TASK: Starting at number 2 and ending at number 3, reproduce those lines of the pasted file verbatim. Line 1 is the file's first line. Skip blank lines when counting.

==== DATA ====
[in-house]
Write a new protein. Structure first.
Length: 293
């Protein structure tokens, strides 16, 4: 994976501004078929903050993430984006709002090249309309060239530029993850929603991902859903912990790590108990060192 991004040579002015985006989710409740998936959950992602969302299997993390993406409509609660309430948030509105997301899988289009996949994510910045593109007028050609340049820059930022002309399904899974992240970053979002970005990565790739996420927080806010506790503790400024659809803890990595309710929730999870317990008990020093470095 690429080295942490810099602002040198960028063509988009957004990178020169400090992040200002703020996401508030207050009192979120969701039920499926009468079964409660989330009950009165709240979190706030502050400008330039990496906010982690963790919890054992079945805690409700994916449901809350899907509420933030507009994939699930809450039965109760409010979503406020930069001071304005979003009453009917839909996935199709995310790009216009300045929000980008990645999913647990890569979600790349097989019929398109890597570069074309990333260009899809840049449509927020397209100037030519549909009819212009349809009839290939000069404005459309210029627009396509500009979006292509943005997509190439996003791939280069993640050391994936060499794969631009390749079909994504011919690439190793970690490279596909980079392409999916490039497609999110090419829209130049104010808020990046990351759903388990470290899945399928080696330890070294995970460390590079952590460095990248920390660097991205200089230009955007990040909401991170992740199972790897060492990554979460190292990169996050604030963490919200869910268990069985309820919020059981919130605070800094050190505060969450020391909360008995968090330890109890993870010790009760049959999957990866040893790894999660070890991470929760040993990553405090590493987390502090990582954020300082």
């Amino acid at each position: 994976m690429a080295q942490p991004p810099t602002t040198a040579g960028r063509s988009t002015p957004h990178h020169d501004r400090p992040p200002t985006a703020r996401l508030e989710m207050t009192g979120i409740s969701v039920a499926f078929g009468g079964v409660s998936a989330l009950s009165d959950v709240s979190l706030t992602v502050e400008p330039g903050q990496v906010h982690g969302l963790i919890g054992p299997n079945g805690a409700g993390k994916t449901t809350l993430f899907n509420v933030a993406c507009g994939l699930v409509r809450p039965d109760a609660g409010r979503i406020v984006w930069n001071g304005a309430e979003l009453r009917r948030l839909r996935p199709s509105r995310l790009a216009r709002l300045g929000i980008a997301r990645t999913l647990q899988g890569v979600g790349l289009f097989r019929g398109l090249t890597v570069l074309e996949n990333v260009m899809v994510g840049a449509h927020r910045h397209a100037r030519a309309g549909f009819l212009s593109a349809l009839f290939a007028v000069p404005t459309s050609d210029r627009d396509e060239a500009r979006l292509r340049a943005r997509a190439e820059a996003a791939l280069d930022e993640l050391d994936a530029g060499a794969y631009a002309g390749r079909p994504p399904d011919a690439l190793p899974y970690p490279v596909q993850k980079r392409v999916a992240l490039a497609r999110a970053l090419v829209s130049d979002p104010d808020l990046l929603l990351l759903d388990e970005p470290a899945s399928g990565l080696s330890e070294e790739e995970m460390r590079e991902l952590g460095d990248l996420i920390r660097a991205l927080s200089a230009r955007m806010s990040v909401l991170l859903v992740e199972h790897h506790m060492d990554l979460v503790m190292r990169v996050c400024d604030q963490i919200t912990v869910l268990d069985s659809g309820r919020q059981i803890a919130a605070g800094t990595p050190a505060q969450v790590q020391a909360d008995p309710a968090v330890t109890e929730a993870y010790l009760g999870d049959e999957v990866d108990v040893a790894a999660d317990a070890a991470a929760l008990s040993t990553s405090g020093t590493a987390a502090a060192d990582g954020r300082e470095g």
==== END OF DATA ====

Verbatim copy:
Write a new protein. Structure first.
Length: 293